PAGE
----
Moving with kids

How to Prevent Humidity Damage When Storing Furniture

Mould, mildew and moisture – they can all wreak havoc on our favourite furniture items. Especially when storing furniture in humid climates for extended periods it's important to account for the environmental conditions and plan accordingly. There's nothing worse than thinking your prized furniture is stored safely out of harm's way only to find that the insidious humidity has silently been taking its toll. From timber that's become swollen and expanded, to white mould and brown streaks on leather and fabrics, humidity damage at best will affect the appearance of furniture but at its worst can destroy furniture items and fabrics completely.

Antique furniture dealers understand how to preserve furniture so it continues to look its best for years to come, and if you are planning on storing furniture, whether a heirloom mahogany sideboard, or a chaise lounge suite, here's how to follow their lead to prevent your prized possessions succumbing to moisture damage.

What areas of Australia is humidity damage a concern?

Storage units and sheds can get particularly hot and stuffy, especially in Queensland, Darwin and northern NSW and during the humid summer months in other states. Controlling moisture is especially important these areas, as damp, humid environments can also attract pests. Any areas where relative humidity is above 50 percent can be susceptible to damage from moisture including mould and mildew growth.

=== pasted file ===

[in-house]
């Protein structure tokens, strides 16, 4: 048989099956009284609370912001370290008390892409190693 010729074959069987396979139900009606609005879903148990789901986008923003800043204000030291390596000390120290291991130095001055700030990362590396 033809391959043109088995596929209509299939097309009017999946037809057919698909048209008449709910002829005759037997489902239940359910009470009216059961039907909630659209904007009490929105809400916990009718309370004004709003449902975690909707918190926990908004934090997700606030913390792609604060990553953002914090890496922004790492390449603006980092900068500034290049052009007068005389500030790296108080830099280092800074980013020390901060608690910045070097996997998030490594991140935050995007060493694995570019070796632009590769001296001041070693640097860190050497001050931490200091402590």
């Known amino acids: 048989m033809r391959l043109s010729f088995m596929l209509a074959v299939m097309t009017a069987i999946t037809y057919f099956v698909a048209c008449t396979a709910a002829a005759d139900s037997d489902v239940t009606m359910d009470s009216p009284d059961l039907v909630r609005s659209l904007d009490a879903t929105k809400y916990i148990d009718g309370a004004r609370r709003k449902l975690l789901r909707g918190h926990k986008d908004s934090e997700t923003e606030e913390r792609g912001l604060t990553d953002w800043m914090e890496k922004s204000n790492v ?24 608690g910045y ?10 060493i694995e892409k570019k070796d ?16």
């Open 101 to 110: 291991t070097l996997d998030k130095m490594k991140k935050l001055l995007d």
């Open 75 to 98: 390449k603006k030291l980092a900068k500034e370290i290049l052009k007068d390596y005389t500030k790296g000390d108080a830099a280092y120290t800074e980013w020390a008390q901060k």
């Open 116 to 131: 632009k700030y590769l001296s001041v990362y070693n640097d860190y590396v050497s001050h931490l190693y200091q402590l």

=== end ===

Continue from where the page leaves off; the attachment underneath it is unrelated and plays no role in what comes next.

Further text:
What furniture items are most at risk?

Leather, timber furniture (especially those made chipboard or composite materials), mattresses, photos and unframed artwork, fabric and upholstered items and electronic items are the most susceptible to moisture damage. Tropical areas that receive high annual rainfall are also susceptible to higher humidity. 

What preventative measures can be taken?

Fortunately, with the right approach, furniture can be stored in a way to prevent moisture damage. Methods include:

  • Using dehumidifying equipment where possible. This may not be practical for all storage situations.
  • Ensure the storage facility is completely sealed with no gaps in walls or around the base of the building. Keep especially sensitive items as far away from the door as possible.
  • Clean items before storing. Wiping down furniture, especially leather, with a disinfectant will prevent mould and mildew growth. Ensure furniture is free from any food and drink residue as this also encourages mould growth.
  • Avoid storing anything that is damp or wet alongside furniture. This could be wet shoes, damp clothes as well as kayaks and other water sport equipment that is not completely dry.
  • Only store items in storage units that you would store in your garage. The conditions are likely to be similar.
  • Hang moisture absorbing sachets. These crystals available from supermarkets absorb moisture and humidity in the air, but most only are effective for up to 60 days.
  • Use plastic sheeting to cover fabrics, but allow leather to breathe. Plastic sheeting will prevent moisture being absorbed into the upholstery, which can result in hard-to-remove mould.
  • Consider investing in a climate controlled storage facility for especially long-term furniture storage.
  • It's also a good idea to monitor any stored furniture every 3 months and take action if needed. The sooner mould is tackled and moisture damage identified, the less damage to furniture items that it can cause. 

Get in touch with a company like Australian Moving Logistics to learn more about storing furniture for the short- or long-term.